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A Letter from the General Minister to Pittsburgh Presbytery

Distinctive Presbyterian Struggles
March 27, 2014

We have been considering “Presbyterian Distinctives” for the past several weeks, exploring characteristics of Presbyterian life and witness that particularly distinguish our church. Honesty requires that we acknowledge that, in addition to many strengths and gifts, we also have inherited some distinctive struggles that have come to mark Presbyterianism, especially in North America.

First, in our zeal for truth we tend to consider mutual love as less important. Among Presbyterians, Jesus’ great plea in his final prayer in John 17 that we be one in love and mission is all too easily forgotten when we find ourselves with real differences in faith and practice. We take our theology with great seriousness – as one who has earned a Ph.D. in Theology and Ethics, I stand at the front of that line. Theology matters so dearly to us that when our theologies collide we are far too ready to break fellowship in favor of new like-minded alignments. Presbyterians have, alas, been among the most fractious of the Reformers’ children. We know well that Paul says that faith, hope, and love abide, but the greatest is love (1 Corinthians 13:13) – yet our faith confession has all too often trumped the love command.

Second, in a similar vein, we sometimes take our social witness so seriously that we disregard our crusade’s ramifications for the church’s health and welfare. In our passion to promote justice we have often discounted how disruptive our advocacy may be to the church’s unity. We pursue justice with such urgency that we forget about the necessary corresponding urgency to do so in a way that builds up rather than tears down the church.

Third, we have all too often considered ourselves better than others, despite Paul’s admonition, “In humility consider others as better than yourselves.” (Philippians 2:3) Genuine virtues of our heritage – the rigor of our preparation for ministry, the richness of our confessional heritage, the breadth of our mission outreach, our devotion to learning, our insistence on good order, our leadership in ecumenical ventures, our deep engagement in civic affairs, our advocacy for public justice – become stumbling blocks when we deem our commitments and engagements superior to those of others.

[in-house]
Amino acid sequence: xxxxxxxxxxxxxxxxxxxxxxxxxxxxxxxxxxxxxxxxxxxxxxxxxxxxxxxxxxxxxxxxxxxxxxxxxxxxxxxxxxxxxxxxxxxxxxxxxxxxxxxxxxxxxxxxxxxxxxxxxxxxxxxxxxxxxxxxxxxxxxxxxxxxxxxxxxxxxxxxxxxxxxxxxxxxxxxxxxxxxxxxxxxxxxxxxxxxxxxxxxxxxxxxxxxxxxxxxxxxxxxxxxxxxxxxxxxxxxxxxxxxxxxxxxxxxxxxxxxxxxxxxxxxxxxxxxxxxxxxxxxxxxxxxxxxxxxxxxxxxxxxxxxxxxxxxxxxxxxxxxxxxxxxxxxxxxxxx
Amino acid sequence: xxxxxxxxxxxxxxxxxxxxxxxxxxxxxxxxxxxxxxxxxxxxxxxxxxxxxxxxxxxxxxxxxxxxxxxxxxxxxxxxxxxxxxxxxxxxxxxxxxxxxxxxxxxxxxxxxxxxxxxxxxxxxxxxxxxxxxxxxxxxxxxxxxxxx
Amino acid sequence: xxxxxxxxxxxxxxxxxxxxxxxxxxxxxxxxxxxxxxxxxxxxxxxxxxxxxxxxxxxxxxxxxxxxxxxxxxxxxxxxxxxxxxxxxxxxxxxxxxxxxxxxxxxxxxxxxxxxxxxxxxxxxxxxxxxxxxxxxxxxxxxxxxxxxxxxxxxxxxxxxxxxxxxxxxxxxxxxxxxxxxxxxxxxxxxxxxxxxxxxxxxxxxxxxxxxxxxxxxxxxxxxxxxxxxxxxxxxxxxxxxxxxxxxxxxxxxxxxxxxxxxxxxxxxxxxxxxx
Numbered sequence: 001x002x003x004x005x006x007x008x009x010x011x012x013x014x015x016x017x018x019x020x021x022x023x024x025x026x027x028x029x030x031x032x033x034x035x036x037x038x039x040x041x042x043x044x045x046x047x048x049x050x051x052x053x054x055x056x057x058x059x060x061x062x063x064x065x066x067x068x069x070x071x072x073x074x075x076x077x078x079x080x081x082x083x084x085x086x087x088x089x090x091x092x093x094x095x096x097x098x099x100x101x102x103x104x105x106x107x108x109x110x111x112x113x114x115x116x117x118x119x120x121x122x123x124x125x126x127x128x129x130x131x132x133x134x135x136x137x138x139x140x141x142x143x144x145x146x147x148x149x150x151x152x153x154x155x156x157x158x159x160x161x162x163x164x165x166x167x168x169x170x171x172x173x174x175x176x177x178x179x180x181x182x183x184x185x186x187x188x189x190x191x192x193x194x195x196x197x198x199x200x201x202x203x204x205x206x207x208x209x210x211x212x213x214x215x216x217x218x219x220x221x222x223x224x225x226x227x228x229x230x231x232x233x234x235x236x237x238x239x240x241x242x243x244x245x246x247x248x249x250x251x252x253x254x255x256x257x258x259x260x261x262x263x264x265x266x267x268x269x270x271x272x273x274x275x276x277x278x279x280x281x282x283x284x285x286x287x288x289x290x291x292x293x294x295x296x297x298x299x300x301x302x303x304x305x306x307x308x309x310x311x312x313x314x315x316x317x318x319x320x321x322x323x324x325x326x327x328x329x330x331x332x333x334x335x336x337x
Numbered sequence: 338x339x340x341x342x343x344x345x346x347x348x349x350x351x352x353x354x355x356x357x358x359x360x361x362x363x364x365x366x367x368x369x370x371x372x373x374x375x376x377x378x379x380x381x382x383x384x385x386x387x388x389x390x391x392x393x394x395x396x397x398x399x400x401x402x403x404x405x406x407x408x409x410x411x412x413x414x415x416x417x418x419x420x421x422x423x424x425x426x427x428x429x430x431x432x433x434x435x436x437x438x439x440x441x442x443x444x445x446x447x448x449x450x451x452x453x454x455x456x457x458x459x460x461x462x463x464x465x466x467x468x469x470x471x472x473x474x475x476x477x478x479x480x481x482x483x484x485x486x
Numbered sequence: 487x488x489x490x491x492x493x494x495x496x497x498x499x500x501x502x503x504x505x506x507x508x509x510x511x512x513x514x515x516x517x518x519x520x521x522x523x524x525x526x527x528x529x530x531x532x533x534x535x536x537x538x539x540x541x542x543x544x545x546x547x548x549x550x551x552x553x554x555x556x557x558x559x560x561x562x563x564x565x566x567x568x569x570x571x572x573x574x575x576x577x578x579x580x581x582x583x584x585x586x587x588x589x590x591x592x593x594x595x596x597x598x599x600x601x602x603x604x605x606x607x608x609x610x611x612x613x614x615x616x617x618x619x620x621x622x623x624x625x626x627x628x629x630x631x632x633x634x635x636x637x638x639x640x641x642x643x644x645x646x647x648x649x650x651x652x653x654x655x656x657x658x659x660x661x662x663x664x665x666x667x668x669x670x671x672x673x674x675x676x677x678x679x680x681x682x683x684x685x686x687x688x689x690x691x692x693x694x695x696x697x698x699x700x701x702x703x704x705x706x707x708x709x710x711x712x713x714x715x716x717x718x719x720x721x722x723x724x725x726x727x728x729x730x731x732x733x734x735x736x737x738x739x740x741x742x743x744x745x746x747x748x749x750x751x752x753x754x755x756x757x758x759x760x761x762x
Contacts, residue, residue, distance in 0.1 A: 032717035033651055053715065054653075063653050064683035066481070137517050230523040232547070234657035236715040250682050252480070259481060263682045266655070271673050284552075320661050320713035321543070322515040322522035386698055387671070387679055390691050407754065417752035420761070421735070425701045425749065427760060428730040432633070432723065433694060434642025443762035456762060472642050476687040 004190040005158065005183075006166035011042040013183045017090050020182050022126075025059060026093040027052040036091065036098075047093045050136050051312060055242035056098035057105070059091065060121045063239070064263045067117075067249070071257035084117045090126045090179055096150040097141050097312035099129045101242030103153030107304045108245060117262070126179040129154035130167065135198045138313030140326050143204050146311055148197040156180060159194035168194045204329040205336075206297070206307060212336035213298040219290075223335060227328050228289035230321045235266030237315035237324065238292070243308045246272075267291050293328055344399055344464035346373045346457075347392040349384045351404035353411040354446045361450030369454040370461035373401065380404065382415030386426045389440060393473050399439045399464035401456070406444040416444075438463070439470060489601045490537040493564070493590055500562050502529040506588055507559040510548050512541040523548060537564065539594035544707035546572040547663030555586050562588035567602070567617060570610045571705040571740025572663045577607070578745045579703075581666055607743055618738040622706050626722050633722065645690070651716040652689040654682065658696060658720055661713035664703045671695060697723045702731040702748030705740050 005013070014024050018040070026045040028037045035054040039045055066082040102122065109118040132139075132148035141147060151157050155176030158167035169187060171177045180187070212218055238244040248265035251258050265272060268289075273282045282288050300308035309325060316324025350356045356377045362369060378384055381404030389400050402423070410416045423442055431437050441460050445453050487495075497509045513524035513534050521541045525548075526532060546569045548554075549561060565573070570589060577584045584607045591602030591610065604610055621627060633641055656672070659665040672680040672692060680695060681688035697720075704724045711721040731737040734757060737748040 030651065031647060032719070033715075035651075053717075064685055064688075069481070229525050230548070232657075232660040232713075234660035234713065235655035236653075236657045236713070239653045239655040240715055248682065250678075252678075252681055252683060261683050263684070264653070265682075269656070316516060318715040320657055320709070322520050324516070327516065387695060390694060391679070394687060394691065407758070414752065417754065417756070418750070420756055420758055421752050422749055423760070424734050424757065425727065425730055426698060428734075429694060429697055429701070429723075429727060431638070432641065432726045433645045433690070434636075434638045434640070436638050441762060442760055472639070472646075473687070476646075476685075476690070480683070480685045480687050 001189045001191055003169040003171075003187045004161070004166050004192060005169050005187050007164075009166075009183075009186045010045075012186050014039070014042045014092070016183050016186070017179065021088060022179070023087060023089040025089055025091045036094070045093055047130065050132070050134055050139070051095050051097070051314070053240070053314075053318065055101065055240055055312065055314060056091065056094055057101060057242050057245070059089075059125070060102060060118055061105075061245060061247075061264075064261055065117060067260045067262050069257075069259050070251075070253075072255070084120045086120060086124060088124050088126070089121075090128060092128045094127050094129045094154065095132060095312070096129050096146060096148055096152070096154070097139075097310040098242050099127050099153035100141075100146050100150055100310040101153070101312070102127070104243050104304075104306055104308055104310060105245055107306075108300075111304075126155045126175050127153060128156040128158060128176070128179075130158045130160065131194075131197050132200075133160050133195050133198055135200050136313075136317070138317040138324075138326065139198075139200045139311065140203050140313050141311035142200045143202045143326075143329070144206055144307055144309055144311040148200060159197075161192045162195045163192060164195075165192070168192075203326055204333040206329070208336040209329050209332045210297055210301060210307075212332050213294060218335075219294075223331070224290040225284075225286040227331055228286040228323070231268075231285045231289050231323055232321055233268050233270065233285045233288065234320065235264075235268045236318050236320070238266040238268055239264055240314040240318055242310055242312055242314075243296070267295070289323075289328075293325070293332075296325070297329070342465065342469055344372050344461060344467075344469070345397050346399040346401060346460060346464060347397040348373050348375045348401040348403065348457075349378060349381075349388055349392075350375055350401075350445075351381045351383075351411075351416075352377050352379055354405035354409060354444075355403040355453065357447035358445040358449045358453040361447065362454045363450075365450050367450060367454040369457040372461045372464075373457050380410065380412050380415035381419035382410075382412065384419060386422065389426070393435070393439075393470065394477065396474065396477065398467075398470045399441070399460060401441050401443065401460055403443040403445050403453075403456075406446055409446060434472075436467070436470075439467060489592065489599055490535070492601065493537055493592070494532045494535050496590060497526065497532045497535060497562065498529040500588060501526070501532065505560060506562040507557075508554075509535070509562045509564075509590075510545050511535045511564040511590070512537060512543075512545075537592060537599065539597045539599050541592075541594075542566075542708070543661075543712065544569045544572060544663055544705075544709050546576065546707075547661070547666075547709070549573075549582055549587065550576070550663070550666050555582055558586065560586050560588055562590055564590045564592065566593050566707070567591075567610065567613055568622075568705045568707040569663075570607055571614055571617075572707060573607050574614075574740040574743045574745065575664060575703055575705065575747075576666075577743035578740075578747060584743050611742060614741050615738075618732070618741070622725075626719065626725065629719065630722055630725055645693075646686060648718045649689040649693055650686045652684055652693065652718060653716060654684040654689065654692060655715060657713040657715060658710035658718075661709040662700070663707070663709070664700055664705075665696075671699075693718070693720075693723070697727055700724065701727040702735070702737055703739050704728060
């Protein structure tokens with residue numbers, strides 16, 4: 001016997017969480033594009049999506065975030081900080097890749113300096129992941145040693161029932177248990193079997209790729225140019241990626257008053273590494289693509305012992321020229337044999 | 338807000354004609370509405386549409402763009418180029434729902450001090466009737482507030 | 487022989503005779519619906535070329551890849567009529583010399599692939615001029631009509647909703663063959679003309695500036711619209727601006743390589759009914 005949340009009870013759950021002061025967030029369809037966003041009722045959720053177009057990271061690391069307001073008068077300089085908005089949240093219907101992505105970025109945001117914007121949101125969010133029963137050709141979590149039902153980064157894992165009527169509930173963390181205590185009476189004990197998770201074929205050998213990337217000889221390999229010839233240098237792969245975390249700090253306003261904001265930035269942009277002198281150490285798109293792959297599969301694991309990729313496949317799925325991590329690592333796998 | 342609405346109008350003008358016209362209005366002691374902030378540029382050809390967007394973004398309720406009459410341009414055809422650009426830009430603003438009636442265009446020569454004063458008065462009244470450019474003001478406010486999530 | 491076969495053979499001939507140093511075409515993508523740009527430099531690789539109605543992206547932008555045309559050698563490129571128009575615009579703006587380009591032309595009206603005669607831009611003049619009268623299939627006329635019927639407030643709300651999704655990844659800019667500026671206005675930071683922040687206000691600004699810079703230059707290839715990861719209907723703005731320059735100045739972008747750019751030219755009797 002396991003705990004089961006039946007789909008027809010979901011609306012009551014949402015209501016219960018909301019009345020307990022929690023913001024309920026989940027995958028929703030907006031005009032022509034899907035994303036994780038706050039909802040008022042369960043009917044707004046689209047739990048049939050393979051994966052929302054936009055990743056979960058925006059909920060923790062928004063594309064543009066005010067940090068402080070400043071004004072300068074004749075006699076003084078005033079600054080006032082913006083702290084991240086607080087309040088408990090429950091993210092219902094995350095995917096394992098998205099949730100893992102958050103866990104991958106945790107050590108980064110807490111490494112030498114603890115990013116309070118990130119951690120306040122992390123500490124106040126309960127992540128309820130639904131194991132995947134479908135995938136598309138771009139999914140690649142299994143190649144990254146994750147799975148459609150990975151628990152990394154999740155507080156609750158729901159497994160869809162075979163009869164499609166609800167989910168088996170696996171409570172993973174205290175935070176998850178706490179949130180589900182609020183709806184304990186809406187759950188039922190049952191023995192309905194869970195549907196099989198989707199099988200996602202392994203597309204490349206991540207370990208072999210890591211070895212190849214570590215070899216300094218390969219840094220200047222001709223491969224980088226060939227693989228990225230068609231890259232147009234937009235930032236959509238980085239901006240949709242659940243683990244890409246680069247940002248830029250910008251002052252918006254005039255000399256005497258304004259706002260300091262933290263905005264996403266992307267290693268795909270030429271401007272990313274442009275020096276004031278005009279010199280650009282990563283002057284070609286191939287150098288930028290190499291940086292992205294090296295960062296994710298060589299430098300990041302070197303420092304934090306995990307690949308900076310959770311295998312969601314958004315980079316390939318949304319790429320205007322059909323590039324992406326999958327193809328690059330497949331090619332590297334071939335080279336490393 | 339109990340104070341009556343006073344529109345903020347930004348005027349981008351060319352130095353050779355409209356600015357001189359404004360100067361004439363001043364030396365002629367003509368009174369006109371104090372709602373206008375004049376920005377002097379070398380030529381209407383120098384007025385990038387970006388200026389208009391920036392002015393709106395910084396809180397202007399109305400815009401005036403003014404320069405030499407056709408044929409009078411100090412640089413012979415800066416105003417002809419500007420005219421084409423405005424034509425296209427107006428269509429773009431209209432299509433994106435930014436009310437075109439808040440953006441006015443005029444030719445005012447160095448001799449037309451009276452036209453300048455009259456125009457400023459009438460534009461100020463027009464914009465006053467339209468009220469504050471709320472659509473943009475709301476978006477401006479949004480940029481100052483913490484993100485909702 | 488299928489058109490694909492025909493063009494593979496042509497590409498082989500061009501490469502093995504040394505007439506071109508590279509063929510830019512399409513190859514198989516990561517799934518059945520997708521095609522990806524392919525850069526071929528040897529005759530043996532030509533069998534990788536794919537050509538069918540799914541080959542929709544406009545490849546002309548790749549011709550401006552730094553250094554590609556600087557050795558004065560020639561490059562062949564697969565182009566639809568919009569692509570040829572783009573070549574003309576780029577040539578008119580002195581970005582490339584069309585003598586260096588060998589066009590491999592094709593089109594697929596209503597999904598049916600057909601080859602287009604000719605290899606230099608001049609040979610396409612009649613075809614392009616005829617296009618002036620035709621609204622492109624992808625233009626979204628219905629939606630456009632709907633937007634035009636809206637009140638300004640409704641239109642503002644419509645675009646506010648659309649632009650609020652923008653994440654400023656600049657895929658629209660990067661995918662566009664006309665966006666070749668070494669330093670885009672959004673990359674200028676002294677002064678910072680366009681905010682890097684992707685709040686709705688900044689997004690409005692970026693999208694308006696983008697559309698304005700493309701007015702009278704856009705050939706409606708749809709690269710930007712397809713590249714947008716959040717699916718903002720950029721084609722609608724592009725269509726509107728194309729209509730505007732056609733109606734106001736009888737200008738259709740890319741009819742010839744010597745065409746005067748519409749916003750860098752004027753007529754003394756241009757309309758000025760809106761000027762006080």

Fourth, in our zeal for diversity and inclusiveness we often diminish the importance of discerning the particular gifts needed for specific components of the church’s mission. In our passion to assure that all voices may be heard in the church, we have sometimes abandoned the hard work of seeking out for leadership those whose gifts are most needed for particular tasks at hand.

Fifth, we are so devoted to fairness and transparency in governance that we have come to allow all important things to be decided by voting, even when victory is by the slimmest of margins. Rather than seeking consensus through persistent prayerful spiritual discernment over difficult issues, we seek resolution through parliamentary process and majority rule.

Finally, we have too often leaned on our own understanding and too seldom sought the mind of the Lord as we have set our way forward. While we claim to be committed equally to study and prayer, we tend to rely more on study than upon prayer to direct us. Like Samuel of old, we are inclined to make judgments based on outward appearances rather than spiritual discernment. (1 Samuel 16:7)

Pray more. Listen more. Love more. As we keep these correctives ever in view, we will find ourselves less prone to make the mistakes that have too often caused Presbyterians to stumble. With the Spirit’s help, let it be so for us today!

Yours in the bonds of the Spirit,



The Rev. Dr. Sheldon W. Sorge, General Minister

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